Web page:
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Schoolgirls & set jetting

The Spice Girls are not the only devotees of girl power to be back in the limelight this week. Young ladies at St Trinians school, one of Britain’s best-loved fictional institutions, are returning to the big screen. They arrived last Monday with a premiere at London’s Leicester Square.

Spawned from a cartoon series by Robert Searle, the girls made their screen debut in the 1954 film The Belles of St Trinians, which reared several sequels. This latest slapstick installment, which includes girls (and teachers) played by the likes of Colin Firth, Rupert Everett, Stephen Fry, Lily Cole, Jodie Whittaker and OC actress Mischa Barton, is a take-off on British public school life. Director Barnaby Thompson described the film as an “antidote” to the excited, saucer-eyed depiction of public schoolery seen in Harry Potter and the Order of the Phoenix.

This time St Trinian’s haughty headmistress, Camilla Fritton, is told her school may have to close due to a financial crisis. Having none of this, the rambunctious girls draw on their wiles to plan a heist at the National Gallery. The target: nothing less than Johannes Vermeer’s Girl With a Pearl Earring.

At the premiere, Colin Firth (Darcy in the BBC’s Pride and Prejudice as well as the love interest in Bridget Jones’s Diary) commented: “I thought it would be much cheekier and pervy but then I saw the first film and we haven’t even come close!”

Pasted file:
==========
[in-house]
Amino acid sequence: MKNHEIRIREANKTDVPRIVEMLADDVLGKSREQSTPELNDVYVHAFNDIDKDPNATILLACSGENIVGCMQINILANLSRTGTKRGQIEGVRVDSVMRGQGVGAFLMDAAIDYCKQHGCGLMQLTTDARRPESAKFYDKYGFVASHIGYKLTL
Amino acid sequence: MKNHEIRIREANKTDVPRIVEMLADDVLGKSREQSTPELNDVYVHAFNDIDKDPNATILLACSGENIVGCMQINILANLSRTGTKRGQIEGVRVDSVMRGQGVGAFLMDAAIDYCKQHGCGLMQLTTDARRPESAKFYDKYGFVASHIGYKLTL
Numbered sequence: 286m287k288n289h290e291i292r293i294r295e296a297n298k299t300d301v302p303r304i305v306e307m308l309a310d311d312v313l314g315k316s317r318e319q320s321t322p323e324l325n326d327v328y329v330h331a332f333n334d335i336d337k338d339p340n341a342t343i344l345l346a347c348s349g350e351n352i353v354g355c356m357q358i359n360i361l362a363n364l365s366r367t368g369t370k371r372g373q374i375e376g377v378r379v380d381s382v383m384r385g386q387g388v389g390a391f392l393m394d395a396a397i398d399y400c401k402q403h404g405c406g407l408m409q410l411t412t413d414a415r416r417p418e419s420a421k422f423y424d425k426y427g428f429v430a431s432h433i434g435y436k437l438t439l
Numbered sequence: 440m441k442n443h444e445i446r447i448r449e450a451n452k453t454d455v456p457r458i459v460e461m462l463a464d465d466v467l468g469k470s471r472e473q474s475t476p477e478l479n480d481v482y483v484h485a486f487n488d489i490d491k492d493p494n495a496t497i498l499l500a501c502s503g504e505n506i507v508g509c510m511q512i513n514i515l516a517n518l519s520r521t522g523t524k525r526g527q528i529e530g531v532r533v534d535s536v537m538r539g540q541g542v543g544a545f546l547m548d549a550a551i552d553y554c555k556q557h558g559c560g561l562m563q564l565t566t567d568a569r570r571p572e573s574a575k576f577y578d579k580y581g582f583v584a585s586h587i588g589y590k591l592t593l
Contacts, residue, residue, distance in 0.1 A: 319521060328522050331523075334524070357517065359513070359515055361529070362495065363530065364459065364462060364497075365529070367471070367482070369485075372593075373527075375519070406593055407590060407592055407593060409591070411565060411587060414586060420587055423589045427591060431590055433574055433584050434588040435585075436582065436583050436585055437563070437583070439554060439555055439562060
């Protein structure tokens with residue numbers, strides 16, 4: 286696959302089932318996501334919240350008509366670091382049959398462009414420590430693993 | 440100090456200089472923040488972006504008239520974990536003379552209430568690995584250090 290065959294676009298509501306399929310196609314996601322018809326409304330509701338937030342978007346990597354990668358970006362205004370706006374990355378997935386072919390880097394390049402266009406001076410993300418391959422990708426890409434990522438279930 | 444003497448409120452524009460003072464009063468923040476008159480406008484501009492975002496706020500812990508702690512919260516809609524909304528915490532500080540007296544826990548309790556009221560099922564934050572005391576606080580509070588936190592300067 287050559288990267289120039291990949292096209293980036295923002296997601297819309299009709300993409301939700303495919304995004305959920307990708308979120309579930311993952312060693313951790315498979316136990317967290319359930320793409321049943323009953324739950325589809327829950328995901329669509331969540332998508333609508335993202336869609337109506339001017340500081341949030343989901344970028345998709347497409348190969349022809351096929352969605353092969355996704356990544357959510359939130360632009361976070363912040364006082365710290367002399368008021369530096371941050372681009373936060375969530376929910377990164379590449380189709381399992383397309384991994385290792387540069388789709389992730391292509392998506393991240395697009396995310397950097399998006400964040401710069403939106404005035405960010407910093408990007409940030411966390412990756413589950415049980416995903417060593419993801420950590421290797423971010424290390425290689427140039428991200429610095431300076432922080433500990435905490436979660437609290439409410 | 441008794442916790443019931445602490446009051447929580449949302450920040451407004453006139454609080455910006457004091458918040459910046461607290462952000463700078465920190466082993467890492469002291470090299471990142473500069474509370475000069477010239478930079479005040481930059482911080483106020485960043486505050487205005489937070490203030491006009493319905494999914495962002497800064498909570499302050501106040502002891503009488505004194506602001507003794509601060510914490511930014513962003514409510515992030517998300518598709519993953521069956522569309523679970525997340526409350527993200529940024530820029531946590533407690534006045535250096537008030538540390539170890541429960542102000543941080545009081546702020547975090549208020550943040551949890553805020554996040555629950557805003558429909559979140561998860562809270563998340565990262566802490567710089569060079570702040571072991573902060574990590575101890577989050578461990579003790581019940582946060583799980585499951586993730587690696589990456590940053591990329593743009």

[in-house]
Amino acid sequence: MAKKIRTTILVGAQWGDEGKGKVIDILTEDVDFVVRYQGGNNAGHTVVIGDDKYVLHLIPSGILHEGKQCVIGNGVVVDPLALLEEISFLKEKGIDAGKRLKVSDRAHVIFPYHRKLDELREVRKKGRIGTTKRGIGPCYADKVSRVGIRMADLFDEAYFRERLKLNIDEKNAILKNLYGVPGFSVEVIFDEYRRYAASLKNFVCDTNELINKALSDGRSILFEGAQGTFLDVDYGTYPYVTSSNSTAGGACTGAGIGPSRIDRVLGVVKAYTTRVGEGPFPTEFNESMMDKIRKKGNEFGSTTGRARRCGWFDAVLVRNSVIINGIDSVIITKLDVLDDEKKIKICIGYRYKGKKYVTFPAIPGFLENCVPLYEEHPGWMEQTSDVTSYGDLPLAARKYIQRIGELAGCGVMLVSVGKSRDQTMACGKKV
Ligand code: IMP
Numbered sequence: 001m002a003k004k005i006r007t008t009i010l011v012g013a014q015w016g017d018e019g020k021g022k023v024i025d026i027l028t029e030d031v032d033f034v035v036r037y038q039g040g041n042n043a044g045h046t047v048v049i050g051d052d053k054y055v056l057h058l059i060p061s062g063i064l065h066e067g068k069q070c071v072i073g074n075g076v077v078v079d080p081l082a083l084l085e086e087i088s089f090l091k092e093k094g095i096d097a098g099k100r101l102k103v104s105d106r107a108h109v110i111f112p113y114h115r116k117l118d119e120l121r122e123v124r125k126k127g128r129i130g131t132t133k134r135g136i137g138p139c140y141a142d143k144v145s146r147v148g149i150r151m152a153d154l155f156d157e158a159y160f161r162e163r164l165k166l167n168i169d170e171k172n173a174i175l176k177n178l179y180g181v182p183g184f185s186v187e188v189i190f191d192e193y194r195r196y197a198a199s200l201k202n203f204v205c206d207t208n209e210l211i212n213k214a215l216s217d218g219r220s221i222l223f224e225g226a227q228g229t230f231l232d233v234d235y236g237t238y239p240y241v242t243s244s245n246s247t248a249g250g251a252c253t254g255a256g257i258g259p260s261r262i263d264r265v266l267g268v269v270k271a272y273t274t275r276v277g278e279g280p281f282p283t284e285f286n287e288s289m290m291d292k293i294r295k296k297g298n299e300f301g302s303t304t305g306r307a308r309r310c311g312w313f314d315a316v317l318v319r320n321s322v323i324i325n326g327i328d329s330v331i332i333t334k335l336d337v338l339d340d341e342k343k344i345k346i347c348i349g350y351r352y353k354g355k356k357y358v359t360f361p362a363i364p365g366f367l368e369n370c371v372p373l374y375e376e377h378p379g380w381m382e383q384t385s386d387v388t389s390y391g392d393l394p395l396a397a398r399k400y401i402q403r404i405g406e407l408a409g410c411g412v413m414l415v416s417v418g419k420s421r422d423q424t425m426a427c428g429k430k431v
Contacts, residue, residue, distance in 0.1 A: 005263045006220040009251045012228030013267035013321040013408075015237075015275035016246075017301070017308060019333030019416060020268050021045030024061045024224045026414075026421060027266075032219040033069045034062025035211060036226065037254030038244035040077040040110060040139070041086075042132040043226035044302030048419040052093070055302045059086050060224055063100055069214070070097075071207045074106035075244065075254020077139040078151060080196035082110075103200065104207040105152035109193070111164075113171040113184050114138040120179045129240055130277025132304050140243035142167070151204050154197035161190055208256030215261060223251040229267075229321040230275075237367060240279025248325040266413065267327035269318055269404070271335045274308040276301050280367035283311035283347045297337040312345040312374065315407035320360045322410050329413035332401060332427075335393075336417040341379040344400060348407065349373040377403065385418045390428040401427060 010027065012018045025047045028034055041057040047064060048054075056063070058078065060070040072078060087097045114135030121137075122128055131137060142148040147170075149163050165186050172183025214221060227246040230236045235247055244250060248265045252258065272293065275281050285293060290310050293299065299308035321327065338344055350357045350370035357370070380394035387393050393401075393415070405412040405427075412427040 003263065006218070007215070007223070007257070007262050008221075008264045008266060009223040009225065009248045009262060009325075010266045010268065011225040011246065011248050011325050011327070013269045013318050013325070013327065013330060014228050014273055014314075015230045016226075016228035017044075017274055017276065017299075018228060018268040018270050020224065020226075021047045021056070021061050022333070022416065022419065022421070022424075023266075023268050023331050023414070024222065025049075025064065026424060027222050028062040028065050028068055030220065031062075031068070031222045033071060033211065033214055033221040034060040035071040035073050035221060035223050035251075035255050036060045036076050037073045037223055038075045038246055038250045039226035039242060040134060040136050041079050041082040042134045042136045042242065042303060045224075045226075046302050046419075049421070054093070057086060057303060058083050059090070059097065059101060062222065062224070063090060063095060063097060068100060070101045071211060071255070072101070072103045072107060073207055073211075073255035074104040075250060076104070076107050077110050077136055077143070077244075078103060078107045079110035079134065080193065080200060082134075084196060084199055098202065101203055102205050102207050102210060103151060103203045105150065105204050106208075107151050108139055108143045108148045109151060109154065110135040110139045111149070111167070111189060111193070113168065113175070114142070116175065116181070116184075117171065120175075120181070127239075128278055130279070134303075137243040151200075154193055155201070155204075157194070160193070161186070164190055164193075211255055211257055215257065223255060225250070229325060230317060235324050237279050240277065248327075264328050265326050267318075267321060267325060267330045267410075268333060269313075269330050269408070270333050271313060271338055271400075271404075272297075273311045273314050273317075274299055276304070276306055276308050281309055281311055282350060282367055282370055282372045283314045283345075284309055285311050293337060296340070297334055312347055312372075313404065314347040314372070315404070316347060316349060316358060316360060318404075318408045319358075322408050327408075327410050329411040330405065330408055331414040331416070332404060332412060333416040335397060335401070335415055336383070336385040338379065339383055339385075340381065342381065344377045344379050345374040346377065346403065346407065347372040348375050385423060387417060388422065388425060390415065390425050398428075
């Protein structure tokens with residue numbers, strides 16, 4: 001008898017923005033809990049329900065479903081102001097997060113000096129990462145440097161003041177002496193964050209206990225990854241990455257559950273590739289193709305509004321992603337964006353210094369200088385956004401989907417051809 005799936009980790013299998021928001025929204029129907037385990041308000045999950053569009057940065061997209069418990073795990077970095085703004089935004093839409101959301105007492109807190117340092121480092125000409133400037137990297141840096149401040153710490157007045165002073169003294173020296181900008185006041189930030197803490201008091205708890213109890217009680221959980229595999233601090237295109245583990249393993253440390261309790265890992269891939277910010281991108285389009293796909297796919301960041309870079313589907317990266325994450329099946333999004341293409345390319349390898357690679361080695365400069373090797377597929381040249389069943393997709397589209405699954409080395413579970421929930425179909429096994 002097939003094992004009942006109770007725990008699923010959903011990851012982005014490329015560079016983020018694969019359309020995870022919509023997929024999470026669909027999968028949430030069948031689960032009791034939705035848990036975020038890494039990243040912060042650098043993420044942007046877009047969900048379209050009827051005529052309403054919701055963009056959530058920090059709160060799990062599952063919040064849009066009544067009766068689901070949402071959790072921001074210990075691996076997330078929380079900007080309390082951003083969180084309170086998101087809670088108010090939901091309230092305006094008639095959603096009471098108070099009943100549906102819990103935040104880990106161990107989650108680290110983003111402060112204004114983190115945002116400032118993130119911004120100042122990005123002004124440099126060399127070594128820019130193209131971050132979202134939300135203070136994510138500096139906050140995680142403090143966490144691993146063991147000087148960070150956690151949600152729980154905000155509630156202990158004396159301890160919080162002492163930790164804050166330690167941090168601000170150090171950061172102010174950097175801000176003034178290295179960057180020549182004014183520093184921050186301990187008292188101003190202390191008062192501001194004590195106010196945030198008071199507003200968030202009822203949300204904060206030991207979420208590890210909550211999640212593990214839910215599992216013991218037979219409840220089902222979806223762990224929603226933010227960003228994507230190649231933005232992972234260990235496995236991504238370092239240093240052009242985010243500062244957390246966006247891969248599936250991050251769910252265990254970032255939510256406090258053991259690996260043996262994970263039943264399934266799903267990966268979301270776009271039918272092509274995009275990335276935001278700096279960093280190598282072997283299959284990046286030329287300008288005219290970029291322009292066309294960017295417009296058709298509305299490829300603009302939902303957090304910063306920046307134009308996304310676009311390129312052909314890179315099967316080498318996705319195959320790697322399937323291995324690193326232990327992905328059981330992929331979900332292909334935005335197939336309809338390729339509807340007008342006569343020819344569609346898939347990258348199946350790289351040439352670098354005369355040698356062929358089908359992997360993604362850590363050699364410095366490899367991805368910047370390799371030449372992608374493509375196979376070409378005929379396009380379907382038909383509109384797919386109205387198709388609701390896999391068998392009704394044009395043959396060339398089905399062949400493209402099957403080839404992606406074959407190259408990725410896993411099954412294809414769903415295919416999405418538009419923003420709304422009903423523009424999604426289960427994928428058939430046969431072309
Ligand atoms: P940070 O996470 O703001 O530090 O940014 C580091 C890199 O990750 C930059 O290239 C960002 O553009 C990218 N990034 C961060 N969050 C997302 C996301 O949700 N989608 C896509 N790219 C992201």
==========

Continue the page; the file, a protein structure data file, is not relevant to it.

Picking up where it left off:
Also cutting a dash in the cast is British South Asian starlet Amara Karan. An investment banker in London for years, Karan made her screen debut in The Darjeeling Limited. Variety described her as having made a “strong impression as the sexy ‘sweet line girl’.”

Elsewhere this week, the British tourist industry has finally cottoned on to the fact that countless Bolly offerings are filmed in the UK. It is trying to get Indian film-lovers to visit Britain by flogging the concept of not jet setting, but “set jetting”. As the name suggests, this refers to those who holiday in spots where films have been filmed or, indeed, set.

Tom Wright, chief executive of VisitBritain, which has a office in Mumbai, elaborated: “Showcasing destinations through film helps maintain the enduring popularity of Britain’s beautiful landscapes and countryside, centuries of history, iconic characters, actors and actresses and literary greats.” David Rochester of Halifax added: “We’ve really noticed the emergence of the set-jetter in recent years.” Kabhi Khushi Kabhie Gham, Mujhse Dosti Karogi and I…Proud to be an Indian are among films thought to be luring Indians to Blighty.

Of course, it works the other way round too. Aaja Nachle is currently in the box-office top 10 here. Such Bollywood successes, along with Hollywood hits filmed and set in India (such as The Darjeeling Limited) make it a dead-cert that Brits will be returning the gesture by set-jetting their way to India.

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